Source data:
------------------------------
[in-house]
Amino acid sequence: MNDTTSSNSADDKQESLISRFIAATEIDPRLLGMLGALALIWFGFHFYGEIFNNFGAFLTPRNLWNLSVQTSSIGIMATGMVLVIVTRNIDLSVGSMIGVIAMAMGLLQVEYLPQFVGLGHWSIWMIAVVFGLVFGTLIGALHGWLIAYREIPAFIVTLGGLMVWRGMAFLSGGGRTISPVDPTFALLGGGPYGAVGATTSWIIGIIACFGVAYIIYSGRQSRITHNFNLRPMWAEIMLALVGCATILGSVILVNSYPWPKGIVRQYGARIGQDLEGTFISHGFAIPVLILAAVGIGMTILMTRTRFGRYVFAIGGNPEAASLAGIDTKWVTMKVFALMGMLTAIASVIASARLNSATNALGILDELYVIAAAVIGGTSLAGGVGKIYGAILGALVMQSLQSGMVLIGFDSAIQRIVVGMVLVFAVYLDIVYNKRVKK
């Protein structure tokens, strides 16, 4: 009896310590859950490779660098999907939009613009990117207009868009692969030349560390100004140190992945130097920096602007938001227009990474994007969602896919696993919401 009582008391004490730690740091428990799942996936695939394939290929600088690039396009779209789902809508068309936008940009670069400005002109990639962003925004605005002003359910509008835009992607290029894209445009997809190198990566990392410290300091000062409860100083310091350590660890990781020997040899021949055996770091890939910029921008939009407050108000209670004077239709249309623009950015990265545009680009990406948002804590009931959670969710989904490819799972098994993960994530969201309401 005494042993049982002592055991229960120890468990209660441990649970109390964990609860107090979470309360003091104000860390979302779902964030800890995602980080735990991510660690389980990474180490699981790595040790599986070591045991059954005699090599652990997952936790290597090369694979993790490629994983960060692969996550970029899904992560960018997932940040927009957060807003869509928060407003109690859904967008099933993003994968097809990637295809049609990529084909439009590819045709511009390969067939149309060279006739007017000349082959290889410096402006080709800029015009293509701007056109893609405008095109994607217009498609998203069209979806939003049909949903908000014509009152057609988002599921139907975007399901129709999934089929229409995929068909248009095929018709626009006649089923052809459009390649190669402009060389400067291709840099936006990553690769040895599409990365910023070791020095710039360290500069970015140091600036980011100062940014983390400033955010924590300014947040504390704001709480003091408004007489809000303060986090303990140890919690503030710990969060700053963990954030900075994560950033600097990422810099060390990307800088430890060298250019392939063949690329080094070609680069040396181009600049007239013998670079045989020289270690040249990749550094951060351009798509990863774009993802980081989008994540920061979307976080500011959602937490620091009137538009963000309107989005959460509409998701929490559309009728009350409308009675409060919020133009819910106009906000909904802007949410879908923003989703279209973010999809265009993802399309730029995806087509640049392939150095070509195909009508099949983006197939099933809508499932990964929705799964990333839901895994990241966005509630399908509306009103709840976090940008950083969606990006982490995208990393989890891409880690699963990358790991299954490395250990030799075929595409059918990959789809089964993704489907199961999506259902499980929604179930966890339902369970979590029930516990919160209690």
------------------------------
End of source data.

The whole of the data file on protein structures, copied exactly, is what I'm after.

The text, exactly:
[in-house]
Amino acid sequence: MNDTTSSNSADDKQESLISRFIAATEIDPRLLGMLGALALIWFGFHFYGEIFNNFGAFLTPRNLWNLSVQTSSIGIMATGMVLVIVTRNIDLSVGSMIGVIAMAMGLLQVEYLPQFVGLGHWSIWMIAVVFGLVFGTLIGALHGWLIAYREIPAFIVTLGGLMVWRGMAFLSGGGRTISPVDPTFALLGGGPYGAVGATTSWIIGIIACFGVAYIIYSGRQSRITHNFNLRPMWAEIMLALVGCATILGSVILVNSYPWPKGIVRQYGARIGQDLEGTFISHGFAIPVLILAAVGIGMTILMTRTRFGRYVFAIGGNPEAASLAGIDTKWVTMKVFALMGMLTAIASVIASARLNSATNALGILDELYVIAAAVIGGTSLAGGVGKIYGAILGALVMQSLQSGMVLIGFDSAIQRIVVGMVLVFAVYLDIVYNKRVKK
């Protein structure tokens, strides 16, 4: 009896310590859950490779660098999907939009613009990117207009868009692969030349560390100004140190992945130097920096602007938001227009990474994007969602896919696993919401 009582008391004490730690740091428990799942996936695939394939290929600088690039396009779209789902809508068309936008940009670069400005002109990639962003925004605005002003359910509008835009992607290029894209445009997809190198990566990392410290300091000062409860100083310091350590660890990781020997040899021949055996770091890939910029921008939009407050108000209670004077239709249309623009950015990265545009680009990406948002804590009931959670969710989904490819799972098994993960994530969201309401 005494042993049982002592055991229960120890468990209660441990649970109390964990609860107090979470309360003091104000860390979302779902964030800890995602980080735990991510660690389980990474180490699981790595040790599986070591045991059954005699090599652990997952936790290597090369694979993790490629994983960060692969996550970029899904992560960018997932940040927009957060807003869509928060407003109690859904967008099933993003994968097809990637295809049609990529084909439009590819045709511009390969067939149309060279006739007017000349082959290889410096402006080709800029015009293509701007056109893609405008095109994607217009498609998203069209979806939003049909949903908000014509009152057609988002599921139907975007399901129709999934089929229409995929068909248009095929018709626009006649089923052809459009390649190669402009060389400067291709840099936006990553690769040895599409990365910023070791020095710039360290500069970015140091600036980011100062940014983390400033955010924590300014947040504390704001709480003091408004007489809000303060986090303990140890919690503030710990969060700053963990954030900075994560950033600097990422810099060390990307800088430890060298250019392939063949690329080094070609680069040396181009600049007239013998670079045989020289270690040249990749550094951060351009798509990863774009993802980081989008994540920061979307976080500011959602937490620091009137538009963000309107989005959460509409998701929490559309009728009350409308009675409060919020133009819910106009906000909904802007949410879908923003989703279209973010999809265009993802399309730029995806087509640049392939150095070509195909009508099949983006197939099933809508499932990964929705799964990333839901895994990241966005509630399908509306009103709840976090940008950083969606990006982490995208990393989890891409880690699963990358790991299954490395250990030799075929595409059918990959789809089964993704489907199961999506259902499980929604179930966890339902369970979590029930516990919160209690």